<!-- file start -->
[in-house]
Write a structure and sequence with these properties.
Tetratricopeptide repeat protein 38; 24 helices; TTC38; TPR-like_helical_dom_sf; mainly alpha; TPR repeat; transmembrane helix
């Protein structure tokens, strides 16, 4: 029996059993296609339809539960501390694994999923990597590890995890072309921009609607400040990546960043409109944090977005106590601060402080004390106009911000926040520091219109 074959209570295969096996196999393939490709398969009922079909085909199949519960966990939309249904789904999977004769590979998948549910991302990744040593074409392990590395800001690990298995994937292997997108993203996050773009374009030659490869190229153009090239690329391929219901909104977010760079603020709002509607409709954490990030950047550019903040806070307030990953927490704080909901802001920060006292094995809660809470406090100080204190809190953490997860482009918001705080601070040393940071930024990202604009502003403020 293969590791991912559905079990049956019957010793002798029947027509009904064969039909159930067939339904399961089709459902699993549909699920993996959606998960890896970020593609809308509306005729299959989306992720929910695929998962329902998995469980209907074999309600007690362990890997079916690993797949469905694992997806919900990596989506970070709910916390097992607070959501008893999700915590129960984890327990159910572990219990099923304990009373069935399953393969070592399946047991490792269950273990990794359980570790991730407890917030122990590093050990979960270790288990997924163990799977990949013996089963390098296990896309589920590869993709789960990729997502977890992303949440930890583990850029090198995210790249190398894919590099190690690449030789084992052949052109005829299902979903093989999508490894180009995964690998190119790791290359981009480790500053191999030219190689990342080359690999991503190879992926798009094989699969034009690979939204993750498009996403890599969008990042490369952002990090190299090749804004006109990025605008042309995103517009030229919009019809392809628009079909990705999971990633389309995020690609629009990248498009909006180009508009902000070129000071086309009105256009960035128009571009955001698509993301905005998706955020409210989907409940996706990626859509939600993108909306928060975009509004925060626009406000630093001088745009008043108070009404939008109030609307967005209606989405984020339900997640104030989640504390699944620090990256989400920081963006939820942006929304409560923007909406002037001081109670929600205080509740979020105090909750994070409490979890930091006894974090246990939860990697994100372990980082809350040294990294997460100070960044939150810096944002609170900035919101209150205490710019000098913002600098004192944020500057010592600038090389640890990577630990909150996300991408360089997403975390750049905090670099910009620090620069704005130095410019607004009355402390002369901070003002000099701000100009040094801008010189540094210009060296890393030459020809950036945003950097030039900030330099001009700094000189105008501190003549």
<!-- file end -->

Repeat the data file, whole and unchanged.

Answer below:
[in-house]
Write a structure and sequence with these properties.
Tetratricopeptide repeat protein 38; 24 helices; TTC38; TPR-like_helical_dom_sf; mainly alpha; TPR repeat; transmembrane helix
């Protein structure tokens, strides 16, 4: 029996059993296609339809539960501390694994999923990597590890995890072309921009609607400040990546960043409109944090977005106590601060402080004390106009911000926040520091219109 074959209570295969096996196999393939490709398969009922079909085909199949519960966990939309249904789904999977004769590979998948549910991302990744040593074409392990590395800001690990298995994937292997997108993203996050773009374009030659490869190229153009090239690329391929219901909104977010760079603020709002509607409709954490990030950047550019903040806070307030990953927490704080909901802001920060006292094995809660809470406090100080204190809190953490997860482009918001705080601070040393940071930024990202604009502003403020 293969590791991912559905079990049956019957010793002798029947027509009904064969039909159930067939339904399961089709459902699993549909699920993996959606998960890896970020593609809308509306005729299959989306992720929910695929998962329902998995469980209907074999309600007690362990890997079916690993797949469905694992997806919900990596989506970070709910916390097992607070959501008893999700915590129960984890327990159910572990219990099923304990009373069935399953393969070592399946047991490792269950273990990794359980570790991730407890917030122990590093050990979960270790288990997924163990799977990949013996089963390098296990896309589920590869993709789960990729997502977890992303949440930890583990850029090198995210790249190398894919590099190690690449030789084992052949052109005829299902979903093989999508490894180009995964690998190119790791290359981009480790500053191999030219190689990342080359690999991503190879992926798009094989699969034009690979939204993750498009996403890599969008990042490369952002990090190299090749804004006109990025605008042309995103517009030229919009019809392809628009079909990705999971990633389309995020690609629009990248498009909006180009508009902000070129000071086309009105256009960035128009571009955001698509993301905005998706955020409210989907409940996706990626859509939600993108909306928060975009509004925060626009406000630093001088745009008043108070009404939008109030609307967005209606989405984020339900997640104030989640504390699944620090990256989400920081963006939820942006929304409560923007909406002037001081109670929600205080509740979020105090909750994070409490979890930091006894974090246990939860990697994100372990980082809350040294990294997460100070960044939150810096944002609170900035919101209150205490710019000098913002600098004192944020500057010592600038090389640890990577630990909150996300991408360089997403975390750049905090670099910009620090620069704005130095410019607004009355402390002369901070003002000099701000100009040094801008010189540094210009060296890393030459020809950036945003950097030039900030330099001009700094000189105008501190003549």